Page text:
President Barack Obama has pledged $63 billion for health care in Africa during his visit to Ghana. He said the amount will go to strengthen public health.
Making his policy speech on Africa in Ghana’s Parliament in Accra Saturday July 11, 2009, he said even though enormous progress has been made on the continent in health care and many more people with HIV/AIDS still live productive lives and are getting the drugs they need, “too many still die from diseases that shouldn’t kill them, when children are being killed because of mosquito bites and mothers are dying in child birth, then we know that more progress must be made.”
President Obama touched on the fact that African doctors and nurses leave the continent to go abroad or work for progammes that treat a single disease because of the incentive that donor nations provide. The exodus of health care workers he says “has provided gaps in primary health care and basic prevention.”
He also called on Africans to make responsible choices to prevent diseases by promoting public health in their communities and cities, and cited examples in Nigeria where interfaith cooperation between Christians and Moslems is confronting malaria.
President Obama acknowledged innovative efforts in Ghana and other parts of Africa where programmes are being pursued to fill the gaps in health care. He said interventions in e-Health initiatives for instance are enabling doctors in big cities to assist their colleagues in small towns.
“America will support these efforts through a comprehensive global health strategy, because in the 21st Century we are called to act by our conscience, but also by our common interest, because when a child dies of a preventable disease in Accra, that diminishes us everywhere.”
“And when disease goes unchecked in any corner of the world, we know that it can spread across oceans and continents and that’s why my administration has committed $63 billion to meet this challenge,” he added.
President Obama promised to carry on the fight against HIV/AIDS, fight to end deaths from tuberculosis and malaria and eradicate polio.
“We will fight neglected tropical disease, and we won’t confront illnesses in isolation, we will invest in public health systems that promote and focus on the health of mothers and children,” he said.
Malaria is a major public health challenge in Africa. Malaria contributes substantially to the poor health situation in Africa. According to available records Sub-Saharan Africa accounts for 90% of the world’s 300 – 500 million cases and 1.5 – 2.7 million deaths annually. About 90% of all these deaths in Africa occur in young children.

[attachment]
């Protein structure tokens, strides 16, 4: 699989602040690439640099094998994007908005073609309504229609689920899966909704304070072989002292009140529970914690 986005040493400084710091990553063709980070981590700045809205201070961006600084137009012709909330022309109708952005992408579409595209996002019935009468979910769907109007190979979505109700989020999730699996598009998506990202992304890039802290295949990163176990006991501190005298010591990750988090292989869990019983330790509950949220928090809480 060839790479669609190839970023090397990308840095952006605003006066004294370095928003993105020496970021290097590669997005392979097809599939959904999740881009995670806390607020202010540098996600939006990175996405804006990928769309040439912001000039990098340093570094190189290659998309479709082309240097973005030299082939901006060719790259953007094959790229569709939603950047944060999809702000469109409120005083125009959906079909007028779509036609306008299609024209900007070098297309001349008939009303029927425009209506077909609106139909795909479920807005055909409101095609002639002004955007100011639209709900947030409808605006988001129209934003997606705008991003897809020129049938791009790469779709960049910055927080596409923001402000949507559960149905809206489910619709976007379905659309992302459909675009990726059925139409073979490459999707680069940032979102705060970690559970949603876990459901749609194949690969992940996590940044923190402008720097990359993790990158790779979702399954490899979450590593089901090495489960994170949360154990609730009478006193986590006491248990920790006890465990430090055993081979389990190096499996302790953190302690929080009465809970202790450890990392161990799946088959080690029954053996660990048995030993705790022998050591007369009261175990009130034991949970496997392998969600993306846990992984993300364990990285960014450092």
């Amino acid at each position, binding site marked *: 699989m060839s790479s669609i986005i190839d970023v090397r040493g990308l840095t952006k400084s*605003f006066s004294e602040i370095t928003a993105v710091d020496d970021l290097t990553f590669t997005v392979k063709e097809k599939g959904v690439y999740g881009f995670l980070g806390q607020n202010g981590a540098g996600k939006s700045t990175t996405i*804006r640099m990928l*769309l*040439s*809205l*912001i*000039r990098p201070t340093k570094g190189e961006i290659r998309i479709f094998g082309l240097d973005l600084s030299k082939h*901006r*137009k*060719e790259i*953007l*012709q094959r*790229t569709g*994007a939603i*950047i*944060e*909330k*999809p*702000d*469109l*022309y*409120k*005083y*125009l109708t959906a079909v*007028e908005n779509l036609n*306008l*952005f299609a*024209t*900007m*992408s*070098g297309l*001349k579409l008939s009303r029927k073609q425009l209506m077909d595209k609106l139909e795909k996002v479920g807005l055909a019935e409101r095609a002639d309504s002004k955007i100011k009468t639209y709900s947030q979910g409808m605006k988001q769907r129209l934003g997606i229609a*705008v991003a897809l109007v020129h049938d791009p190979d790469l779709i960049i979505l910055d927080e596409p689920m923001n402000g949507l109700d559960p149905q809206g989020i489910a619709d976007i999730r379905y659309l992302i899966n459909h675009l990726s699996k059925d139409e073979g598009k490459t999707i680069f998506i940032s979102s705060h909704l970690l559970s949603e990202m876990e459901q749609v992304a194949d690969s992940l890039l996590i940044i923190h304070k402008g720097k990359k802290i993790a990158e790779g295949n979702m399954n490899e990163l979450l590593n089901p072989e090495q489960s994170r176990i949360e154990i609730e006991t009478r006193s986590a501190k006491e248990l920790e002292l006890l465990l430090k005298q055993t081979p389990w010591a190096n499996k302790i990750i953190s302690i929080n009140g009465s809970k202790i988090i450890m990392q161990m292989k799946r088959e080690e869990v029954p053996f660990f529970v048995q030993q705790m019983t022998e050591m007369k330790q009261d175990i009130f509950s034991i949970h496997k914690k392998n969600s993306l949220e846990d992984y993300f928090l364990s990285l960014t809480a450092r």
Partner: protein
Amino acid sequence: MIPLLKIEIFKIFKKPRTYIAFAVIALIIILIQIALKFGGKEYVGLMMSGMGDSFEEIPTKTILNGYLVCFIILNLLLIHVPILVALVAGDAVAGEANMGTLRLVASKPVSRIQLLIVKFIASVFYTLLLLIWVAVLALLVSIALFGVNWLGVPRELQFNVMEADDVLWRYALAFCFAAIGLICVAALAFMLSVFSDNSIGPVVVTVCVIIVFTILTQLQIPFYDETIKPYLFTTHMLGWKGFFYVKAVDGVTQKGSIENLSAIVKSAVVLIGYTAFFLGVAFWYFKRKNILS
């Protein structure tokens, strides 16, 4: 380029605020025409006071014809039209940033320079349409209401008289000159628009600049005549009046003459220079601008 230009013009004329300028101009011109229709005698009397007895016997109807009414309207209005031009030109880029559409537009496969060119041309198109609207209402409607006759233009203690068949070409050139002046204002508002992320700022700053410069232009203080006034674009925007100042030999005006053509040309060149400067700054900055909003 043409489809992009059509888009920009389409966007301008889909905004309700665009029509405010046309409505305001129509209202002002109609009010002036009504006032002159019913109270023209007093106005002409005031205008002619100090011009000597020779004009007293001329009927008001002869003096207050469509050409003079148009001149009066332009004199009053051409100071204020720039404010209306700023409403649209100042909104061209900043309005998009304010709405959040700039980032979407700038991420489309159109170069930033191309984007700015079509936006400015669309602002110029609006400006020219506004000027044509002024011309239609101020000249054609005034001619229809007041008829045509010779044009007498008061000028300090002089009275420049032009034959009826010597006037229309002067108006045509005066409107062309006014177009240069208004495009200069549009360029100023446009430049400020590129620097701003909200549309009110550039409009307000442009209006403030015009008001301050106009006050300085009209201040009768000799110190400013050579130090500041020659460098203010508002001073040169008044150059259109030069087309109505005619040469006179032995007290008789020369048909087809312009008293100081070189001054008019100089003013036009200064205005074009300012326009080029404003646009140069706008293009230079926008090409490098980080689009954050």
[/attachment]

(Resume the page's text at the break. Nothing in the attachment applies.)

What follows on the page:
Between 20 and 40 percent of outpatient visits and between 10 and 15 percent of hospital admissions in Africa are attributed to malaria (WHO, 1999). This burdens the health system. In general, it is estimated that malaria accounts for an average of 3% of the total global disease burden as a single disease in 1990. In Sub-Saharan Africa (SSA), 10.8% of all Disability – Adjusted live years (DALYs) were lost to malaria in 1990. Again, among the ten leading causes of DALYS in the world in 1998, malaria ranked eighth with a share of 2.8% of the global disease burden.
In SSA however, Malaria is ranked second after HIV/AIDS accounting for 10.6% of the disease burden.
According to the World Bank, Malaria accounted for an estimated 35 million DALYs lost
in Africa in 1990 due to ill health and premature deaths. This loss according to the WHO was estimated at 39 million DALYs in 1998 and 36 million DALYs in 1999.
In the year 2000, malaria contributed 2.05% to total global deaths, it was responsible for 9.0% of all deaths in Africa according to the WHO.
The World Health Organisation also estimated that the total cost of malaria to Africa was
US$ 1.8 billion in 1995 and US$ 2 billion in 1997.
In Ghana, malaria is the number one cause of death accounting for 40-60% of out patient cases. It is also the leading cause of mortality in children under five years, a significant cause of adult morbidity, and the leading cause of workdays lost due to illness.
And according to Ghana’s Health Minister, the country spent $760 million last year to treat malaria and its related illnesses.
By Emmanuel K. Dogbevi